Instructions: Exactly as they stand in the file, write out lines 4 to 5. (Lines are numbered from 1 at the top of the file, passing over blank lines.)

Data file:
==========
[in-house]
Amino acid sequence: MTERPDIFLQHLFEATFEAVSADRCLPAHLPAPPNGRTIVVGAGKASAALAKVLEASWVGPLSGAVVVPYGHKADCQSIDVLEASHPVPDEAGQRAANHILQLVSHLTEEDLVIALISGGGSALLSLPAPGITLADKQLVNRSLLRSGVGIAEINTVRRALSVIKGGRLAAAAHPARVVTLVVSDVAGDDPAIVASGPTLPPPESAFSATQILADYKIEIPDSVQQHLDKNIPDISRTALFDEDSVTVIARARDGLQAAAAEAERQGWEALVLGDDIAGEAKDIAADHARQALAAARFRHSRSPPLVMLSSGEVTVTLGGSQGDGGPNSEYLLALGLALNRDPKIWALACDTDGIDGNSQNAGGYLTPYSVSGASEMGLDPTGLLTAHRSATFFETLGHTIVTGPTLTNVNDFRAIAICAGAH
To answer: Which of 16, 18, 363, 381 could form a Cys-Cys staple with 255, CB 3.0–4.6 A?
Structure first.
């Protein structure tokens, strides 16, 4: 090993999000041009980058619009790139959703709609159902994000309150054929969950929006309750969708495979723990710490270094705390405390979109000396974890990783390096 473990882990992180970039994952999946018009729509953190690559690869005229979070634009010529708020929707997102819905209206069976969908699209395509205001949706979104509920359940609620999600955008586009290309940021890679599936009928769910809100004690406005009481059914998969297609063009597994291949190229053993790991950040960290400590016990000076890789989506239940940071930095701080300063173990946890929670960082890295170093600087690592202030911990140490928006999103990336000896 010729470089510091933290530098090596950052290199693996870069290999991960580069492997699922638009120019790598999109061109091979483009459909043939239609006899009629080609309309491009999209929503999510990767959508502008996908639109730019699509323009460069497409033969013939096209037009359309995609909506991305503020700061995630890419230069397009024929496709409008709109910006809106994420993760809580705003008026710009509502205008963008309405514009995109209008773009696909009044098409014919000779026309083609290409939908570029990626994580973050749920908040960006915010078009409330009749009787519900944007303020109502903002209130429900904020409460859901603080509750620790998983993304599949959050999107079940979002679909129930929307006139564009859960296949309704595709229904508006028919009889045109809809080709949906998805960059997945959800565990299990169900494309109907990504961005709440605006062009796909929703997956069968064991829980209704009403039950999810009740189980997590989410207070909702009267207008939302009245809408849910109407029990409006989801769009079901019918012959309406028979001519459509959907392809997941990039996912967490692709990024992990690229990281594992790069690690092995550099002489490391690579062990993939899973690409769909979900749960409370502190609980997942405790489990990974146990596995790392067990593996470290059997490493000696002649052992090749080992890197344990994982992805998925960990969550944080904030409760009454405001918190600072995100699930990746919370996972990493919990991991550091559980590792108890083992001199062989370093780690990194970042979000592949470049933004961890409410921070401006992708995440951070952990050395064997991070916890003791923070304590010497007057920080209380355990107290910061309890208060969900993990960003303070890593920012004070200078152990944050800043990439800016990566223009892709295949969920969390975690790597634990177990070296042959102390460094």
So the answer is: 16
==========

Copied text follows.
Structure first.
């Protein structure tokens, strides 16, 4: 090993999000041009980058619009790139959703709609159902994000309150054929969950929006309750969708495979723990710490270094705390405390979109000396974890990783390096 473990882990992180970039994952999946018009729509953190690559690869005229979070634009010529708020929707997102819905209206069976969908699209395509205001949706979104509920359940609620999600955008586009290309940021890679599936009928769910809100004690406005009481059914998969297609063009597994291949190229053993790991950040960290400590016990000076890789989506239940940071930095701080300063173990946890929670960082890295170093600087690592202030911990140490928006999103990336000896 010729470089510091933290530098090596950052290199693996870069290999991960580069492997699922638009120019790598999109061109091979483009459909043939239609006899009629080609309309491009999209929503999510990767959508502008996908639109730019699509323009460069497409033969013939096209037009359309995609909506991305503020700061995630890419230069397009024929496709409008709109910006809106994420993760809580705003008026710009509502205008963008309405514009995109209008773009696909009044098409014919000779026309083609290409939908570029990626994580973050749920908040960006915010078009409330009749009787519900944007303020109502903002209130429900904020409460859901603080509750620790998983993304599949959050999107079940979002679909129930929307006139564009859960296949309704595709229904508006028919009889045109809809080709949906998805960059997945959800565990299990169900494309109907990504961005709440605006062009796909929703997956069968064991829980209704009403039950999810009740189980997590989410207070909702009267207008939302009245809408849910109407029990409006989801769009079901019918012959309406028979001519459509959907392809997941990039996912967490692709990024992990690229990281594992790069690690092995550099002489490391690579062990993939899973690409769909979900749960409370502190609980997942405790489990990974146990596995790392067990593996470290059997490493000696002649052992090749080992890197344990994982992805998925960990969550944080904030409760009454405001918190600072995100699930990746919370996972990493919990991991550091559980590792108890083992001199062989370093780690990194970042979000592949470049933004961890409410921070401006992708995440951070952990050395064997991070916890003791923070304590010497007057920080209380355990107290910061309890208060969900993990960003303070890593920012004070200078152990944050800043990439800016990566223009892709295949969920969390975690790597634990177990070296042959102390460094």